Assessment in EYFS
Assessment in the Early Years Foundation Stage (EYFS)
Ongoing assessment, based on observation of children's learning and development, is an essential part of the learning and development process in the EYFS. It plays an important part in helping parents, carers, teachers and teaching assistants to recognise children’s progress, understand their needs, and to plan activities and support.
It involves the making quality observations of children to understand their level of achievement, interests and learning styles, and to then shape learning experiences for each child reflecting those observations.
On-going formative assessment is at the heart of early years practice. It is the link between observing children and effective planning to support their progress.
Further information can be found in the Development Matters document:
Tracking Progress in the EYFS
The EYFS requires practitioners to be able to demonstrate how children make progress in their learning and development, in order that they reach their full potential. To do this we track progress through playing and talking with the children, discussion with families and staff, observations of independent learning and of planned activities.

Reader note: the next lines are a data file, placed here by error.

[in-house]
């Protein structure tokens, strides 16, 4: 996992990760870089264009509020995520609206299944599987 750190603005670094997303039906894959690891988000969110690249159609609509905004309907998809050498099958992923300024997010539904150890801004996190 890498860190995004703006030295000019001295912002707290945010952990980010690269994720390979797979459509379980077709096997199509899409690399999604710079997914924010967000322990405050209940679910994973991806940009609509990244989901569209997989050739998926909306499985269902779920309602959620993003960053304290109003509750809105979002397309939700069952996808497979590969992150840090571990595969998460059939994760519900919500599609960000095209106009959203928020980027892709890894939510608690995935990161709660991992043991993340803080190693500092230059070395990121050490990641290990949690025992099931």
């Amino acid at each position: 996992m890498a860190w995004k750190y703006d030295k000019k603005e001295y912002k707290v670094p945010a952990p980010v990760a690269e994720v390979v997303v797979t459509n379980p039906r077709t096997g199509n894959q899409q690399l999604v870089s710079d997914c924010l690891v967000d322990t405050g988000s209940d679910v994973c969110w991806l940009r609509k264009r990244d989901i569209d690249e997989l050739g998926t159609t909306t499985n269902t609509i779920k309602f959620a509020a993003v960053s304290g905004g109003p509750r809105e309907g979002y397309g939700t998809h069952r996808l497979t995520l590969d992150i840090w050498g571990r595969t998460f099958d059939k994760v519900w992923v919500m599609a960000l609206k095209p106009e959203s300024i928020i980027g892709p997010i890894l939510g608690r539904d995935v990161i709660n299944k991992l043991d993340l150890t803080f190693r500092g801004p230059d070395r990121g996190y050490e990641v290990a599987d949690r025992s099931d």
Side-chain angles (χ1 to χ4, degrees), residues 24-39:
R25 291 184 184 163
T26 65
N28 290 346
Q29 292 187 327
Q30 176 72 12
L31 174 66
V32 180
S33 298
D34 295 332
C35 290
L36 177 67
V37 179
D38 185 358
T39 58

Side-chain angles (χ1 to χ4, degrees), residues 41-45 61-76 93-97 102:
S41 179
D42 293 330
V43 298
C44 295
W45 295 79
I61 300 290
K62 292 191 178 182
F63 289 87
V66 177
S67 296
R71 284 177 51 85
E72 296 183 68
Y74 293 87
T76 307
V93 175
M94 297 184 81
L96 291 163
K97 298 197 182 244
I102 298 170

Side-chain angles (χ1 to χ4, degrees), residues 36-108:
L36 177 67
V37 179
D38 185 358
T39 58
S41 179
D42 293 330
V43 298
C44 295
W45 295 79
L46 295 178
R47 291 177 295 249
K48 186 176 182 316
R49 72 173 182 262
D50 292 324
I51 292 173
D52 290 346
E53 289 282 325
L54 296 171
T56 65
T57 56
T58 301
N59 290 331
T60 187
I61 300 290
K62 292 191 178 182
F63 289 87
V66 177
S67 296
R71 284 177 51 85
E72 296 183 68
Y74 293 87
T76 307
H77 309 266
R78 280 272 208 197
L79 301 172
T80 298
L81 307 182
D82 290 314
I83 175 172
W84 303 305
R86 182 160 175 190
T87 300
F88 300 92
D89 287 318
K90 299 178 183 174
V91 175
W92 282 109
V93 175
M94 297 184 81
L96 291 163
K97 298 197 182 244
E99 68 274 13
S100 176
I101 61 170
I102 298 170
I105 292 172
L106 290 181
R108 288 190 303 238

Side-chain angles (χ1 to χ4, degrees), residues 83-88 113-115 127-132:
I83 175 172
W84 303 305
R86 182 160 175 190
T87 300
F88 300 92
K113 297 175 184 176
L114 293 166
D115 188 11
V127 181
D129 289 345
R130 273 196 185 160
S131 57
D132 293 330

This information forms a picture of each child’s learning and the next steps they need to take through each year.
Our judgements are moderated between each class, and with other teachers in local schools. The Local Authority also monitors the progress of the children through discussion with senior leaders in the school.
Assessment at the end of the EYFS - EYFS Profile
The EYFS requires that all EYFS providers must complete an EYFS profile for each child during the academic year they reach the age of five (for most children this is the reception year in primary school).
This is a summative assessment, and it describes the child's level of attainment at the end of the EYFS and identifies their learning needs for the next stage of school, to ensure that an effective and appropriate curriculum can be planned for each child entering Year 1.